President Barack Obama says he means it when he insists it's unacceptable for Iran to have a nuclear weapon. "I don't bluff," Obama said in an interview published Friday.
In his most expansive remarks on the issue, Obama told The Atlantic magazine that Iran and Israel both understand that "a military component" is one of a mix of options for dealing with Iran, along with sanctions and diplomacy.
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Obama plans to meet Monday at the White House with Prime Minister Benjamin Netanyahu and will try to convince him to postpone any plans his government may have to attack Iran's nuclear facilities in coming months.
The president said he won't advertise any US plans for Iran. At the same time, Obama has consistently refused to renounce a military option.
"I think that the Israeli government recognizes that, as president of the United States, I don't bluff," he said in the interview. "I also don't, as a matter of sound policy, go around advertising exactly what our intentions are. But (both) governments recognize that when the United States says it is unacceptable for Iran to have a nuclear weapon, we mean what we say."
Obama warned that a premature strike might inadvertently help Iran: "At a time when there is not a lot of sympathy for Iran and its only real ally (Syria) is on the ropes, do we want a distraction in which suddenly Iran can portray itself as a victim?"
Obama also rejected as unreasonable a more limited policy of containment in confronting Iran's nuclear efforts.
"You're talking about the most volatile region in the world," he said. "It will not be tolerable to a number of states in that region for Iran to have a nuclear weapon and them not to have a nuclear weapon. Iran is known to sponsor terrorist organizations, so the threat of proliferation becomes that much more severe."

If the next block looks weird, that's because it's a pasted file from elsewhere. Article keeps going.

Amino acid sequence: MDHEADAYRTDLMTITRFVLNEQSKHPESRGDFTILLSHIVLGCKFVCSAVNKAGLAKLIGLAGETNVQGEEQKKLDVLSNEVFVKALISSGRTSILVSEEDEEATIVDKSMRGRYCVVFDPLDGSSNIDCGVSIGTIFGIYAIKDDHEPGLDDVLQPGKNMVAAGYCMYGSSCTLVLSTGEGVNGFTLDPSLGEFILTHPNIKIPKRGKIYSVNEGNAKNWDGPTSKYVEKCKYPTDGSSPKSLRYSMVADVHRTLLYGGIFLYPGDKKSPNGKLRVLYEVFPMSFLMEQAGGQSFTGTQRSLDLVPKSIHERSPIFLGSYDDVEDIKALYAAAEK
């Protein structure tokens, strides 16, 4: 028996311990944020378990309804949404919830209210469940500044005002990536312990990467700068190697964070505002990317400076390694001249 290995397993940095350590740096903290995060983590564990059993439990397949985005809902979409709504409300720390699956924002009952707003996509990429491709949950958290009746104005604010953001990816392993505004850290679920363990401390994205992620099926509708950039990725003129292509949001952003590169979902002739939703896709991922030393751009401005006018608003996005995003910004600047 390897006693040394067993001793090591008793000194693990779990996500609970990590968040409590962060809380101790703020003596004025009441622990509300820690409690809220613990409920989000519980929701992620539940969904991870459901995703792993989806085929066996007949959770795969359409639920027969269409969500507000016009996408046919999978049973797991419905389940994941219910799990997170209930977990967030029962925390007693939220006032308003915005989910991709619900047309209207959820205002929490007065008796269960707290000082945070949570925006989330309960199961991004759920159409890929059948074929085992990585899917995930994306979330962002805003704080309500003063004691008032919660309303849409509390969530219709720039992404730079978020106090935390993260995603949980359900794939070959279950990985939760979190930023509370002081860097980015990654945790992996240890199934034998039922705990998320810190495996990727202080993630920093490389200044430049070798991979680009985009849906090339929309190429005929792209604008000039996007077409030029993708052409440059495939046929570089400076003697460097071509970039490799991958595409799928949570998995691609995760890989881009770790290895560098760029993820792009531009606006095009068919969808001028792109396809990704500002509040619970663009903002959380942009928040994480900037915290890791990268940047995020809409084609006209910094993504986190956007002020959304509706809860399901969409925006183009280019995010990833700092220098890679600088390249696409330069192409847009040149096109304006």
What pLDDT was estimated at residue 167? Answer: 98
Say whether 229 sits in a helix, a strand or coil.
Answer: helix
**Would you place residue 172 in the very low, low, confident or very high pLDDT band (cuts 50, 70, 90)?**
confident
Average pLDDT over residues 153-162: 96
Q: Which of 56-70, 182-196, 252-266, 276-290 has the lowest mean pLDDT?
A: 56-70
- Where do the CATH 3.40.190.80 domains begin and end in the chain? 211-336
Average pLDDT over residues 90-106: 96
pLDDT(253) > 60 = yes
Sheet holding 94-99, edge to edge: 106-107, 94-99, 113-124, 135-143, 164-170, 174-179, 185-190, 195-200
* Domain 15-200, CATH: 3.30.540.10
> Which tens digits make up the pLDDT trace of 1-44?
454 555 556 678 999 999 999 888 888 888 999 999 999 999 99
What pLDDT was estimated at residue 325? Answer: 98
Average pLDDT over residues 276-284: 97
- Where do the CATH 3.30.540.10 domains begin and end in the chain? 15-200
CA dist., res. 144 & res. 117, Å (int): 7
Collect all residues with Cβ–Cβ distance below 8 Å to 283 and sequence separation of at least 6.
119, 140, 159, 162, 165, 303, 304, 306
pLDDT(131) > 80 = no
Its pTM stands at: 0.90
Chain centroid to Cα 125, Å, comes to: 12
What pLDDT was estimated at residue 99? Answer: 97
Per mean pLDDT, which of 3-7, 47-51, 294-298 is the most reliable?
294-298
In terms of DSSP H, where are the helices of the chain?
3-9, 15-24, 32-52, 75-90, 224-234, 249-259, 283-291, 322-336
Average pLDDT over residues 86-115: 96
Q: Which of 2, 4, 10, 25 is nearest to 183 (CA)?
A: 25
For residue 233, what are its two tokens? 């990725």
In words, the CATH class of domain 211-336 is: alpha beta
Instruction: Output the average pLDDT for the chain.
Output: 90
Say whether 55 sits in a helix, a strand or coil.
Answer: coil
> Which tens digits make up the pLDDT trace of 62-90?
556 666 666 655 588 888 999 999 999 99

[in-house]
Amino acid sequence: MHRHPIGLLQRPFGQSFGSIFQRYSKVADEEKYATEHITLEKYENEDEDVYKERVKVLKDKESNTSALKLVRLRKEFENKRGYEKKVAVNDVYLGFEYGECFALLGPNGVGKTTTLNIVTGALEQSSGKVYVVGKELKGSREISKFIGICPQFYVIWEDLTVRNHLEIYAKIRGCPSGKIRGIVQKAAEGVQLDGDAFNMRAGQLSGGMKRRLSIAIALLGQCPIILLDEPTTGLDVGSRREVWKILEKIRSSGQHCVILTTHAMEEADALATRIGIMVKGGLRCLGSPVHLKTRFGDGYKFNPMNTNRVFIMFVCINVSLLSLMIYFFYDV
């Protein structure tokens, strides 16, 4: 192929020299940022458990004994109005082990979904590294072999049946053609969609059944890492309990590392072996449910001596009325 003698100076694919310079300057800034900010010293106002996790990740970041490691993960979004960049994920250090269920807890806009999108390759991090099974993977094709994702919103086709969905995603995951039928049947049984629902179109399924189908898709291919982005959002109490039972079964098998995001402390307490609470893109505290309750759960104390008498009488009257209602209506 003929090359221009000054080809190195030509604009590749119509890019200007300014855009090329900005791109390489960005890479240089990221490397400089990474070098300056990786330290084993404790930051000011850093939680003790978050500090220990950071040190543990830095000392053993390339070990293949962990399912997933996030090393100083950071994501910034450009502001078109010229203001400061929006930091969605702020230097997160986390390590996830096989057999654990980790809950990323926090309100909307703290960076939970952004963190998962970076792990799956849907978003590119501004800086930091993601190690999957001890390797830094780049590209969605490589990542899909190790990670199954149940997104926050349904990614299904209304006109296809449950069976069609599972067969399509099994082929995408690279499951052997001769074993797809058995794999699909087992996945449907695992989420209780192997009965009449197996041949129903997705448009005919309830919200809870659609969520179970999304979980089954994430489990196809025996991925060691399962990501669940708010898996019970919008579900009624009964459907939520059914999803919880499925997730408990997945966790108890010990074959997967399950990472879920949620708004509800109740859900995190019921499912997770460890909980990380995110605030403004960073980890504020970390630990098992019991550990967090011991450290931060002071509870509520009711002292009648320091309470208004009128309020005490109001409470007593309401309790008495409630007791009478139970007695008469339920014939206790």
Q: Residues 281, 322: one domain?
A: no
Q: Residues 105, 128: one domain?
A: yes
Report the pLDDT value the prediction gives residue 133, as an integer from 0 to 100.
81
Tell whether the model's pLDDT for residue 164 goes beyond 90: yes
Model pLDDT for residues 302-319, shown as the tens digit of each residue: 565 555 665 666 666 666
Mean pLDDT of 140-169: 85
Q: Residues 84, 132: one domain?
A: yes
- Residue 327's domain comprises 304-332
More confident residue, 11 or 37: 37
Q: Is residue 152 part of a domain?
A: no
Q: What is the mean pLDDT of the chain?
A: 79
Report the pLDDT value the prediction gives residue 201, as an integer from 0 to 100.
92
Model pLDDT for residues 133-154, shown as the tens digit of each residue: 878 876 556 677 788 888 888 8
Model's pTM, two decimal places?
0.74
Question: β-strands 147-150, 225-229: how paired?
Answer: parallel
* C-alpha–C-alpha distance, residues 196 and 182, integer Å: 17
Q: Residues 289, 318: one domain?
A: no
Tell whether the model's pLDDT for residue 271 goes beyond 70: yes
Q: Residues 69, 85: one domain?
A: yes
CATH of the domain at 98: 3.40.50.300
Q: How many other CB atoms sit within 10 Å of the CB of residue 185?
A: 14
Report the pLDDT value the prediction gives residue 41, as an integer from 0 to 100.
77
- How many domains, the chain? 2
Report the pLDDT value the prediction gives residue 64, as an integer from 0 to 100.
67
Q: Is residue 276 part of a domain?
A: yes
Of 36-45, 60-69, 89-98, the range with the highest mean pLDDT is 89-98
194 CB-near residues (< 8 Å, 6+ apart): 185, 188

He also pointed to economic turmoil in Iran and reiterated that sanctions against the Iranian regime are starting to bite.
Give sanctions more time
In a series of recent meetings with Israeli leaders, administration officials are believed to have sought to persuade the Jewish state to give sanctions more time to work and to hold off on any military strike.
Speaking Thursday to reporters, White House press secretary Jay Carney said Obama believes there is still "time and space" for those measures to persuade the Iranian regime to take a different course.
Israeli officials acknowledge the pain in Iran but have publicly expressed doubt those measures will ever cause Iran's clerical leaders to change course.
Obama wasn't so sure. "They're sensitive to the opinions of the people and they are troubled by the isolation that they're experiencing," he told the Atlantic. "They know, for example, that when these kinds of sanctions are applied, it puts a world of hurt on them."
In the interview, Obama also commented on the presidential race, saying that there is an intentional campaign by Republicans to persuade American Jews that he is anti-Israel. "Every single commitment I have made to the state of Israel and its security, I have kept," he said. "Why is it that despite me never failing to support Israel on every single problem that they've had over the last three years, that there are still questions about that?"
Before his meeting with Netanyahu, Obama plans to speak Sunday to the American Israel Public Affairs Committee, a pro-Israel lobbying group that Netanyahu will also address.
Though Obama emphatically portrays himself as one of Israel's best friends, touting military and other ties, his relationship with Netanyahu has at times been frosty. The two have sparred publicly over Jewish settlements on the West Bank, with Netanyahu pushing back on Washington's efforts to move forward on peace talks with the Palestinians.
The Iran issue has risen to the forefront of Obama's foreign policy. At a fundraiser in New York on Thursday night, an audience member shouted out, urging the president to avoid a war with Iran.
"Nobody has announced a war," Obama cautioned. "You're jumping the gun a little bit."
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